The Times has posted the full list of its anointed 100 most powerful Southern California players. After the first ten, which I gave you here this morning, they are in alphabetical order. Along with the usual Burkle, Baca, Bratton, Geffen and Gehry, here are some of the names that pop out, with excerpts:
Dean Baquet Editor, L.A. Times; 49, Santa Monica. Yeah, we know what some will say: How self-serving to put your boss on the list. But Baquet, who won a Pulitzer Prize in Chicago and served as the New York Times' national editor before coming to L.A. in 2000, sets the agenda for the most powerful media voice in the region. With resources shrinking, how well Baquet weathers budget pressures from long-distance owner Tribune Co. will go a long way toward determining how robust that voice remains.
Jim Gilchrist Anti-illegal immigration activist; 57, Aliso Viejo. This cofounder of the Minuteman Project...has put fresh heat on a perennial hot button, fomenting debate—and division—from national political circles to hometown parades in places such as Laguna Beach and Pacific Palisades.
Robert Hertzberg Attorney; 52, Sherman Oaks. The former California Assembly speaker is one of the few local politicians with credibility and solid connections on both the left and the right. Although Hertzberg lost his bid for mayor of Los Angeles, he remains a discreet advisor on civic issues such as economic development, transportation and term limits, and he's an important champion for the San Fernando Valley.
John Kobylt and Ken Chiampou Talk-radio hosts; 45 and 50, Beverly Hills and Hermosa Beach, respectively. Whether you agree with them or not, the impact of their angry-white-guy campaigns is unmistakable. When Villaraigosa declared that the nation relies on immigrant workers, saying, "We clean your toilets," John and Ken fans deluged City Hall with more than 1,000 toilet brushes.
Robin Kramer Chief of staff to Mayor Villaraigosa; 53, Windsor Square. Press-shy but preternaturally plugged in, Kramer has been the right hand of so many downtown heavy-hitters that even she may have lost count...Her fingerprints are, by the nature of her job, invisible, but her name brings instant credibility to any boss or cause.
Mark Lisanti Editor, Defamer.com; 32, Silver Lake. With 8.5 million page views a month, Lisanti has proved how scary an irreverent guy blogging in his underwear can be. He—and the legion of celebutainment gossips mimicking his mouthy online persona—have shortened the news cycle from 12 hours to 15 minutes and irreversibly changed the tenor and power structure of Hollywood coverage as Old Media has chugged to catch up.
Richard Meruelo Developer; 41, Whittier. Meruelo is said to be the largest private landowner in downtown L.A., controlling more than 100 properties with millions of square feet. But what made political types really take notice was the $197,300 he spent last year—more than any individual—to help elect Villaraigosa.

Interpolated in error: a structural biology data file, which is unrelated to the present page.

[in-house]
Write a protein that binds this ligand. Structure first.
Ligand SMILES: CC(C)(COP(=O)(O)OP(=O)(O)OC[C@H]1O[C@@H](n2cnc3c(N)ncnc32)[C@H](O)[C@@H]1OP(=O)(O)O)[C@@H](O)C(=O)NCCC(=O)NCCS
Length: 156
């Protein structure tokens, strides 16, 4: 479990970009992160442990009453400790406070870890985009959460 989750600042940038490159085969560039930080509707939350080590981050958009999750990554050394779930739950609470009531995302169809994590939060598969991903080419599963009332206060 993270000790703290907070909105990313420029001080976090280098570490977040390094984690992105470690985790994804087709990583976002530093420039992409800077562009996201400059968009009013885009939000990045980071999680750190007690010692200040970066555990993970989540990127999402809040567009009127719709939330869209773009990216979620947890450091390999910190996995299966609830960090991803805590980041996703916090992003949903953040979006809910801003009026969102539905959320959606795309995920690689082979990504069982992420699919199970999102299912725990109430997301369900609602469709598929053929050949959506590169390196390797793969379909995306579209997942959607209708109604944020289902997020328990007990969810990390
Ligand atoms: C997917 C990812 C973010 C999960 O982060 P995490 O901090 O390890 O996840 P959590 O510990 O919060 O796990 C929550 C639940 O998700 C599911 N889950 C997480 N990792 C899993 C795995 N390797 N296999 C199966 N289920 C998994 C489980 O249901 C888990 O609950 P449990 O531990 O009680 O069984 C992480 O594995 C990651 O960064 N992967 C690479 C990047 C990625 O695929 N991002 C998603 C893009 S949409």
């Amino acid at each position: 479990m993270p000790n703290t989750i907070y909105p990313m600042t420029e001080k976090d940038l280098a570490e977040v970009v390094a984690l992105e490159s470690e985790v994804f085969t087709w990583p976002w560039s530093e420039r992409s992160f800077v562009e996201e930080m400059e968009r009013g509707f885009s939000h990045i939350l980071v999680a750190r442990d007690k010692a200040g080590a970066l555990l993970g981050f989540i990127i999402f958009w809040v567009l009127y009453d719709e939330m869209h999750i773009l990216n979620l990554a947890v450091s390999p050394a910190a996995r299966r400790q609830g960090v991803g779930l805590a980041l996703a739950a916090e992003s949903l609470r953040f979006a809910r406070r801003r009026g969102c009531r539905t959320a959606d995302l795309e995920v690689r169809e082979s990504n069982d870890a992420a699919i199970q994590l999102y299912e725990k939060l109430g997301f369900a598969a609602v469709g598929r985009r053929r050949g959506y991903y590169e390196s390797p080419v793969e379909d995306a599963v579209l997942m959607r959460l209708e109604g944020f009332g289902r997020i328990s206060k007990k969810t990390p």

Anthony Pellicano Private detective; 62, U.S. Metropolitan Detention Center, Los Angeles. He's behind bars, where clout tends to be hard to come by. But information, as they say, is power, and Pellicano—alleged wiretapper to the stars for more than a decade—has amassed reams of it in his long service to the city's most high-profile entertainment figures and their lawyers.
Michael S. Sitrick Chairman and CEO, Sitrick & Co.; 59, Pacific Palisades. L.A.'s king of crisis PR. His firm has handled press for the Archdiocese of Los Angeles during the pedophile priest scandal. He helped Stanley Gold and Roy Disney fight Michael Eisner. He helped O.C. save face after its bankruptcy, and assisted Beverly Hills when it was accused of racial profiling. Longtime clients Michael Ovitz and Terry Christensen turned to him after their names came up in the Pellicano scandal. And he crafted strategy for Ron Burkle in his battle with the New York Post's Page Six.
Who's under 40? Only Lisanti, American Apparel boss Dov Charney, club impresario Sam Nazarian, music supervisor Alexandra Patsavas, DJ Eddie "Piolín" Sotelo and Caroline Styne, the co-owner and wine director at AOC and Lucques.
Seeing them all now, it makes the designation of CTA prez Barbara Kerr as #3 just seem kind of cute. There are plenty of listees with arguably more political clout — perhaps even a union leader like Maria Elena Durazo, also on the list. Here's how they make the case:
It's not clear if Kerr has ever gotten her first-grade class in Riverside to listen. But she sure has the attention of the mayor and governor. No issue is more critical to the future of the region than education, and nobody wields more influence in this arena than does Kerr, president of the 335,000-member union. With United Teachers Los Angeles President A.J. Duffy stepping back and letting her do most of the talking, Kerr engineered the deal in June with Villaraigosa that would, among other things, strip power from the LAUSD board and give individual teachers much more sway over classroom instruction. Critics say the mayor caved in to the unions, but it's no surprise that Kerr has Villaraigosa's ear. Under her direction, the CTA helped defeat Villaraigosa's opponent, incumbent James Hahn, with a TV attack ad in 2005. The LAUSD deal must next pass muster in Sacramento, where Kerr knows how to mix it up. Just look what she did to Gov. Schwarzenegger last year after he reneged on an education-funding agreement. Kerr and her troops went to war, helping defeat a slate of special election ballot measures that Schwarzenegger was pushing. Who's the Terminator now?
Well, come November it looks like it will be Schwarzenegger.